I am sure the actor Robert De Niro would be the first to disagree with me, but I am convinced the Farm Press High Cotton Award is actually a more prestigious honor than the Oscar given each year to the top talent in the motion picture industry.
De Niro is certainly a talented and successful actor. He won the Best Actor Oscar in 1981 for Raging Bull and Best Supporting Oscar in 1975 for the Godfather Part II. Winning an Oscar is no easy task, but neither is winning the High Cotton Award. Actually, it takes more grit, determination, and hard work to win the High Cotton Award than it does to win an Oscar.
As in the past, this year’s High Cotton Award winners are stars just as De Niro, Tom Hanks, Meryl Streep, and other Oscar winners. Not to knock these famous actors, but I maintain the contributions of award-winning cotton farmers are far greater than those of award-winning actors and filmmakers.
This year’s High Cotton Winners are Jerry Hamill of Enfield, N.C., for the Southeast, Doug Scott of Sikeston, Mo., for the Mid-South; Robbie Robbins of Altus, Okla., for the Southwest; and Hansen Ranches of the San Joaquin Valley, Calif., for the West. The winners are described as veteran farmers, innovators, marketers, and industry leaders.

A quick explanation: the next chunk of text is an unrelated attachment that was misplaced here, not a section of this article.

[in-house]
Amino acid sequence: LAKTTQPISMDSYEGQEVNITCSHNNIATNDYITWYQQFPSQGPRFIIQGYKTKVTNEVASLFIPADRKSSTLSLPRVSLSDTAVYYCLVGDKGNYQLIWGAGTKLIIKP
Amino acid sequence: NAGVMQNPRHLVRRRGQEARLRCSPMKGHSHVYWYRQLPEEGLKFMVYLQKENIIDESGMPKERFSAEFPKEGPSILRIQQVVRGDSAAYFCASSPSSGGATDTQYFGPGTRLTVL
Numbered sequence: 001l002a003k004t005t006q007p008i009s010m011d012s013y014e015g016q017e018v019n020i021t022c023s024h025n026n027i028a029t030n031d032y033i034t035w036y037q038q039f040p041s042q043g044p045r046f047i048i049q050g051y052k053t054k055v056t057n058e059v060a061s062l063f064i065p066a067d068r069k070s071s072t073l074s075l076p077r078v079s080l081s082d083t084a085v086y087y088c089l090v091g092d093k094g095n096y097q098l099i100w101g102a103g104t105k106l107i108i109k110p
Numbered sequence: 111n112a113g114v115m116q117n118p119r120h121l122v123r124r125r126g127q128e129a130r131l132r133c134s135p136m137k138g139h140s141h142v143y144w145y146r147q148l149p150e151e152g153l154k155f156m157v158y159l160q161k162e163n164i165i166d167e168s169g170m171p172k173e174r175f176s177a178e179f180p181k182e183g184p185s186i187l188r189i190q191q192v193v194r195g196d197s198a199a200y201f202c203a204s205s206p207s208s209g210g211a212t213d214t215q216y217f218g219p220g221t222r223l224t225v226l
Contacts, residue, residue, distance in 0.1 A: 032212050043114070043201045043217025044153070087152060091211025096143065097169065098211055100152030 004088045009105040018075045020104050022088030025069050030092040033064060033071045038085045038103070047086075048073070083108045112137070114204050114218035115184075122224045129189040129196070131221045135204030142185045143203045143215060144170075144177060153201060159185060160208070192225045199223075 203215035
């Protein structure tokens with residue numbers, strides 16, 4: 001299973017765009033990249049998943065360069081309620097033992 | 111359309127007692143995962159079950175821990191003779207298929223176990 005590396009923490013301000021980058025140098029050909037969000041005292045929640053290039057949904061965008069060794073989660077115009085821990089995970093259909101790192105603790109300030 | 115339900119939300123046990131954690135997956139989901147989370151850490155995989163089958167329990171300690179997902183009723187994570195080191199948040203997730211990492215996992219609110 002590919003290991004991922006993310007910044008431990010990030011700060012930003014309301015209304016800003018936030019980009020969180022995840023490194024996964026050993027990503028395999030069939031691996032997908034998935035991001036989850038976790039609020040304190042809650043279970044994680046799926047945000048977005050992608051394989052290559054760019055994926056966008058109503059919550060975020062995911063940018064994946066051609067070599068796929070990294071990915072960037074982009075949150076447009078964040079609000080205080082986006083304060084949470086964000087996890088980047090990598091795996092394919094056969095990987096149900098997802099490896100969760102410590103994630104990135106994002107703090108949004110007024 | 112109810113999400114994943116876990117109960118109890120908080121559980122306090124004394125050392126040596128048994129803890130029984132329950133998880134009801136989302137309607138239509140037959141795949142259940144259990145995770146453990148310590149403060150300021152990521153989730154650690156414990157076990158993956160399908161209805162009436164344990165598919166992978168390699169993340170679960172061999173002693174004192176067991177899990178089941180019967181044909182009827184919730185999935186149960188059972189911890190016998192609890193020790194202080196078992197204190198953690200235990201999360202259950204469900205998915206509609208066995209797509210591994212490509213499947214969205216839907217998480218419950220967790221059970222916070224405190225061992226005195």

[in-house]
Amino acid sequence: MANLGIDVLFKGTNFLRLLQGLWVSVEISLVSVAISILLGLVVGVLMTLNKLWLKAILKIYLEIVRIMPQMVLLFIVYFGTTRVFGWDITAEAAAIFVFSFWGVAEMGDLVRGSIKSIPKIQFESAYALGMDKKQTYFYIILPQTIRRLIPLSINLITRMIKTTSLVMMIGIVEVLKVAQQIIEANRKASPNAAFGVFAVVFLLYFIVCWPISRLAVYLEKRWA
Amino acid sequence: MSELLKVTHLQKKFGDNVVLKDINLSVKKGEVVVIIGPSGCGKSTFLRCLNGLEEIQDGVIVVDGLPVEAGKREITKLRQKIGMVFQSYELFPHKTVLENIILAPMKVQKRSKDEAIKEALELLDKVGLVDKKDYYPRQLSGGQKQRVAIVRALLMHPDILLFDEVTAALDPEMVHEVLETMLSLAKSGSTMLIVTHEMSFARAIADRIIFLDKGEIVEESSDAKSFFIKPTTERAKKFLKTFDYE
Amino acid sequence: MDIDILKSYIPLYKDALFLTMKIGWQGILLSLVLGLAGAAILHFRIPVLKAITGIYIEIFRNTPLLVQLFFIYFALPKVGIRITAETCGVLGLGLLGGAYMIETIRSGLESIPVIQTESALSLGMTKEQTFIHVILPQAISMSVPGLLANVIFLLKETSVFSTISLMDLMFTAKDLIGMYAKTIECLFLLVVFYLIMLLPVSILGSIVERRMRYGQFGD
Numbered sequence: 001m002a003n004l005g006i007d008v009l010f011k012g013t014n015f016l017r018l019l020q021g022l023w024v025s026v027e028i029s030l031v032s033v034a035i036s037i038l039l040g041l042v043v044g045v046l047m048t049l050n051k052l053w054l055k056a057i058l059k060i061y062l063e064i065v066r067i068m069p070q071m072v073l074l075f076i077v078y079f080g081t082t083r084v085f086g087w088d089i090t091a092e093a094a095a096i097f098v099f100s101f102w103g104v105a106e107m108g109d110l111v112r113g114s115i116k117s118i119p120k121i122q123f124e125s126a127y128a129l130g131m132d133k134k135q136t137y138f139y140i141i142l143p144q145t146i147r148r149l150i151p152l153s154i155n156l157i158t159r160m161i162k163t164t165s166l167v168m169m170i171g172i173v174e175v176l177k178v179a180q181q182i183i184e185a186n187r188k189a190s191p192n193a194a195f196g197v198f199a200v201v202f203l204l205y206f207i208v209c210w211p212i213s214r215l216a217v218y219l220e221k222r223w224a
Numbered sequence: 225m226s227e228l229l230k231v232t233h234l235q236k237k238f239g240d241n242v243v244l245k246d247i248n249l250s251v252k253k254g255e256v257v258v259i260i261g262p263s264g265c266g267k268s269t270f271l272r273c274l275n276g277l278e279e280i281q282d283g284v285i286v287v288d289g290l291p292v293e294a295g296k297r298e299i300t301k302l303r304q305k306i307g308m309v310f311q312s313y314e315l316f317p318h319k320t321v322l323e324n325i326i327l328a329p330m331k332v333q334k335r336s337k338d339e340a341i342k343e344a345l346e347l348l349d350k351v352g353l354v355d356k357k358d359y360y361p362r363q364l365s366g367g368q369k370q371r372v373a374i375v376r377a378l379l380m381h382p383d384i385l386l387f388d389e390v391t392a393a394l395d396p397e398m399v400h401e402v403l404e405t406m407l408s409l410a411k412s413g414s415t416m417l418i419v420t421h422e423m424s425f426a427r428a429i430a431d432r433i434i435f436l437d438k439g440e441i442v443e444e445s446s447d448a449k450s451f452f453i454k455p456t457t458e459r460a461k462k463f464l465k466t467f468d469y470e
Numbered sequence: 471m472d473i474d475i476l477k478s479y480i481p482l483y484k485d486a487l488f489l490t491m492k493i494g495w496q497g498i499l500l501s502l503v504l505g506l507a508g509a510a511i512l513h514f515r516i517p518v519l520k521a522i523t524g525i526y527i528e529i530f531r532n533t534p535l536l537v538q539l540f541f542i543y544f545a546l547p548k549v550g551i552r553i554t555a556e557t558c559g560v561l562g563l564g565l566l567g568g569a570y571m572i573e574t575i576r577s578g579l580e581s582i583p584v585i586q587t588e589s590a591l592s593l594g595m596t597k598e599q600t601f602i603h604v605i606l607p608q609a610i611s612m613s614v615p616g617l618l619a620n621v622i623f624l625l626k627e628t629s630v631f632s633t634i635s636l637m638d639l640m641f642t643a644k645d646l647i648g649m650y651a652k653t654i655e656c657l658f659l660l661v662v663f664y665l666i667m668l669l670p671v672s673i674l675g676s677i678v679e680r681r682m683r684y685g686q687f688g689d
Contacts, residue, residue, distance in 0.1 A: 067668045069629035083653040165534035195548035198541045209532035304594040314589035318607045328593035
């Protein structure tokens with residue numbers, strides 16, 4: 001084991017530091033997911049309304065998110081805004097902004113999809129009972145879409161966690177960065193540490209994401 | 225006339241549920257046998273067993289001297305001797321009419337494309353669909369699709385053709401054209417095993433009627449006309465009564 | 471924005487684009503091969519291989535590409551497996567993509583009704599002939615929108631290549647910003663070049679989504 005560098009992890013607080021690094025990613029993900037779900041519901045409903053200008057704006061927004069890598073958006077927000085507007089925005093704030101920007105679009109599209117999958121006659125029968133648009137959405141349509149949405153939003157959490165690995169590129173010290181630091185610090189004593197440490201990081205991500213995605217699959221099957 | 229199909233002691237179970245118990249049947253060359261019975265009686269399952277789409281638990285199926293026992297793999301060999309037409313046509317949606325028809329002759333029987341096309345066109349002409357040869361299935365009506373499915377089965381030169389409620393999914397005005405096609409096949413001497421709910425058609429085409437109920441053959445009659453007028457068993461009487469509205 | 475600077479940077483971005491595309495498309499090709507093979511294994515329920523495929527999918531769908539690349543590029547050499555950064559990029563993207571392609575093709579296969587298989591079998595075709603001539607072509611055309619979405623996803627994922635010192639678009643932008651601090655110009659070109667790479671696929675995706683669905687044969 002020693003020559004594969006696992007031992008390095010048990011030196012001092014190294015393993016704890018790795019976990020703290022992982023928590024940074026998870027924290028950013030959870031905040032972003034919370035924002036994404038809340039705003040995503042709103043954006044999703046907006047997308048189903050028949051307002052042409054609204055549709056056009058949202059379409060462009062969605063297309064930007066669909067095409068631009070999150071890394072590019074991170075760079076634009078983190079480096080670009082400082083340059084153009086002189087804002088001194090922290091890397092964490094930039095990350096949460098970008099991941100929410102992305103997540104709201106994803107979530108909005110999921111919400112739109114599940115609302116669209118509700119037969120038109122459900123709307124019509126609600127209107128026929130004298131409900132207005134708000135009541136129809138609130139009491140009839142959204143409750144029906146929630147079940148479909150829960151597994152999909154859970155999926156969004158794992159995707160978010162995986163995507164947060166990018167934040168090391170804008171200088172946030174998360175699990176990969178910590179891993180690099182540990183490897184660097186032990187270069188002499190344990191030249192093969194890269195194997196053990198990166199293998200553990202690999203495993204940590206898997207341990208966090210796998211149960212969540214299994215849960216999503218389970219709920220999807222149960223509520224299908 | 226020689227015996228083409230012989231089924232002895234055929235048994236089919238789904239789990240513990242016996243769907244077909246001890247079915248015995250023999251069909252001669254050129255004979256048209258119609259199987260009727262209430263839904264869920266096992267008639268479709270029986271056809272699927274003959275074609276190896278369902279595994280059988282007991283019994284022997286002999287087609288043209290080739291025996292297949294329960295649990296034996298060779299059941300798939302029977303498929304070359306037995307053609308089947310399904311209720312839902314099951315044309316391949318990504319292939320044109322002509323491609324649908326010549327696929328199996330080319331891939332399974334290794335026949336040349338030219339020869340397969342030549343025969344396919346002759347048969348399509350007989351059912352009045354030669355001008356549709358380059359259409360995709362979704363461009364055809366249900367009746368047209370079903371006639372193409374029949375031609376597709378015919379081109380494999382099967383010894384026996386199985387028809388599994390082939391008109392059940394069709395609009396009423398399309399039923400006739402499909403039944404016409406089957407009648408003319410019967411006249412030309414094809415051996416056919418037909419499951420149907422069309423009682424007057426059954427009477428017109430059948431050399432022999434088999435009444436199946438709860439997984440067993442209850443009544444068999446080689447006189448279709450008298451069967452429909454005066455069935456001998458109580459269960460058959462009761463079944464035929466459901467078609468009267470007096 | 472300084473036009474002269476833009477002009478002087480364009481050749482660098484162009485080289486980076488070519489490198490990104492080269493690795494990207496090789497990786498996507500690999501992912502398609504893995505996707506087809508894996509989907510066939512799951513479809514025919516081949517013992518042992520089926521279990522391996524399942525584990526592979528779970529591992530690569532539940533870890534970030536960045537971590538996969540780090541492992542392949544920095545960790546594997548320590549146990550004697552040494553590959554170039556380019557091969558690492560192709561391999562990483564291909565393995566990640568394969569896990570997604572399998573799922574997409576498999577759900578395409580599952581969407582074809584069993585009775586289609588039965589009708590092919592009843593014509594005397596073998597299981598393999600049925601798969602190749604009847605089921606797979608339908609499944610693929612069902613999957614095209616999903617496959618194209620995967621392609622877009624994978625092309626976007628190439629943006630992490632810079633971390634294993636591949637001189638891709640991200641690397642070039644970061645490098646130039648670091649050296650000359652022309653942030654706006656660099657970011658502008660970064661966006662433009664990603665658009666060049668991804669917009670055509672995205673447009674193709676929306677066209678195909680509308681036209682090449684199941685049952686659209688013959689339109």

They are known and respected by their peers for growing top quality, sustainable cotton. They credit crop rotation, technology, field variety trials, and soil health management, along with their families and employees for their success. The 2021 winners are the 27th Class of the Farm Press High Cotton Awards.
Those awarded Oscars are honored and recognized as winners for life, but so are High Cotton winners. I’ve never met or even seen an Oscar winner in person, but I have met many High Cotton Award winners during my time at Farm Press. All of them are not only outstanding cotton farmers, but solid folks as well.
In my book, a High Cotton winner beats an Oscar winner every time.